The Reykjavik Film Festival will be re-launched in the fall and will take place during September 12-21. The festival’s roots can be traced all the way back to 1978 when it started as the bi-annual Film Festival of the Reykjavik Arts Festival. It became an annual festival in 1996 when the associations of Icelandic filmmakers started running it, and remained so until 2001 when it ceased operations.
The festival will be run as a non-profit organization (NPO) in co-operation with another NPO, Heimili kvikmyndanna, which runs Bíó Paradís, Reykjavík’s only independent arthouse cinema. The board consists of representatives of the Icelandic filmmakers associations, The Actors Union and The Icelandic Dramatists Union and includes one of the original founding members, director Fridrik Thór Fridriksson.
It has already received support from the City of Reykjavík and Promote Iceland.
The festival’s main section will be a tribute to the best of new European cinema. In addition, a wide array of the most prominent, award-winning films from around the globe will be introduced to Icelandic audiences, and contemporary Icelandic cinema will be given an important focus.
A special emphasis will also be on providing a platform for the domestic and international film communities to come together, and to foster cooperation and collaboration between all of the key institutions within the Icelandic film industry.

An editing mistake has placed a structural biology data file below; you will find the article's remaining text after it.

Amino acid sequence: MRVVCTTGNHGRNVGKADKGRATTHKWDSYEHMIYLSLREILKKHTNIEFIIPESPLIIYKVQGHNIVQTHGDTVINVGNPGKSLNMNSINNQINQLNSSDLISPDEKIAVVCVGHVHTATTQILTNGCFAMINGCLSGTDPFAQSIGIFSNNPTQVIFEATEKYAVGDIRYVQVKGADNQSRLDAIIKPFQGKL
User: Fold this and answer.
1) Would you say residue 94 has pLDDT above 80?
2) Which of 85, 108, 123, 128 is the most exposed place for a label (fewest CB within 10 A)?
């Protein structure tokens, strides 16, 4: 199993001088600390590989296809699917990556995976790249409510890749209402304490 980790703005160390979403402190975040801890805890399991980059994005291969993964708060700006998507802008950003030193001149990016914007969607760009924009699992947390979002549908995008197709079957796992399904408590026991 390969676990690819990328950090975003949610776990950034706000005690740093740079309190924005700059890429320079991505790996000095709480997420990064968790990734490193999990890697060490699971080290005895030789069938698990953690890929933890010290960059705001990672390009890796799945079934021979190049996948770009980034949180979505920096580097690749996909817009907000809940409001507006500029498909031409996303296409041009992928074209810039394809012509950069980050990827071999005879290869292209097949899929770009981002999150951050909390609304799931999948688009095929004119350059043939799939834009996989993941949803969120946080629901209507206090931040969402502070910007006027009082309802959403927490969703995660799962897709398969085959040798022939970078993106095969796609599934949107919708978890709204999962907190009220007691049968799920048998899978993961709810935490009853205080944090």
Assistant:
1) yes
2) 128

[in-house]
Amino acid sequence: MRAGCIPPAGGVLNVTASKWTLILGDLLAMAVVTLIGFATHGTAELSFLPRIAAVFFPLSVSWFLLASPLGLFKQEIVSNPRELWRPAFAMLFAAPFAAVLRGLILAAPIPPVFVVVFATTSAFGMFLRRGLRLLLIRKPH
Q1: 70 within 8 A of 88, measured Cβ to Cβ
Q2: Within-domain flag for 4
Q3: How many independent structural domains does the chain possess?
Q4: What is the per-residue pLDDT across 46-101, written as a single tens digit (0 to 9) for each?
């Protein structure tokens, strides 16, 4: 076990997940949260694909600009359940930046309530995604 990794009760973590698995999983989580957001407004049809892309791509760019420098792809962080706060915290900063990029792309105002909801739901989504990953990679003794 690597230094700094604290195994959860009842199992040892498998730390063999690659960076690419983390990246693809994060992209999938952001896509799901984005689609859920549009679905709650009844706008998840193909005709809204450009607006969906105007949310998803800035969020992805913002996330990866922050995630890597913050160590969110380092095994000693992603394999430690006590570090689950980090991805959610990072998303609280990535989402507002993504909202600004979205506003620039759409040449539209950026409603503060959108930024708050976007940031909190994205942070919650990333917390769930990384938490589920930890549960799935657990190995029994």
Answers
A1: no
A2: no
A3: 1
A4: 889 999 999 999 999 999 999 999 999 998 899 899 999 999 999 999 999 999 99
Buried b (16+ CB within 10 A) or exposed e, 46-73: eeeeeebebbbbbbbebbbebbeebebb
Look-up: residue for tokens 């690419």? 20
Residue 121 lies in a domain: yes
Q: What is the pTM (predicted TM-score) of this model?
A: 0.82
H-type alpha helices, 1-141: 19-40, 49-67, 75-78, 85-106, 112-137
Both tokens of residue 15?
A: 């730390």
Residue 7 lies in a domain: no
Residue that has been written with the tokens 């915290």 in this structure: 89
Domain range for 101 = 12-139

An announcement from the festival states the following:
By working together under the umbrella of Heimili kvikmyndanna, the Reykjavík Film Festival and Bíó Paradís will have the advantage of being able to cut corners and create efficiencies through shared facilities, equipment, administration and programming, and to promote and encourage cooperation among all the professional entities within the Icelandic film community. The Reykjavík Film Festival will draw on the expertise and the professional networks that Bíó Paradís has already established, including the international festivals, professional associations, sales agents and distributors that it works with every day. The festival is made possible through the financial support of the city of Reykjavík, and we look forward to a close collaboration with Íslandsstofa (Promote Iceland) and many other local, regional and international partners.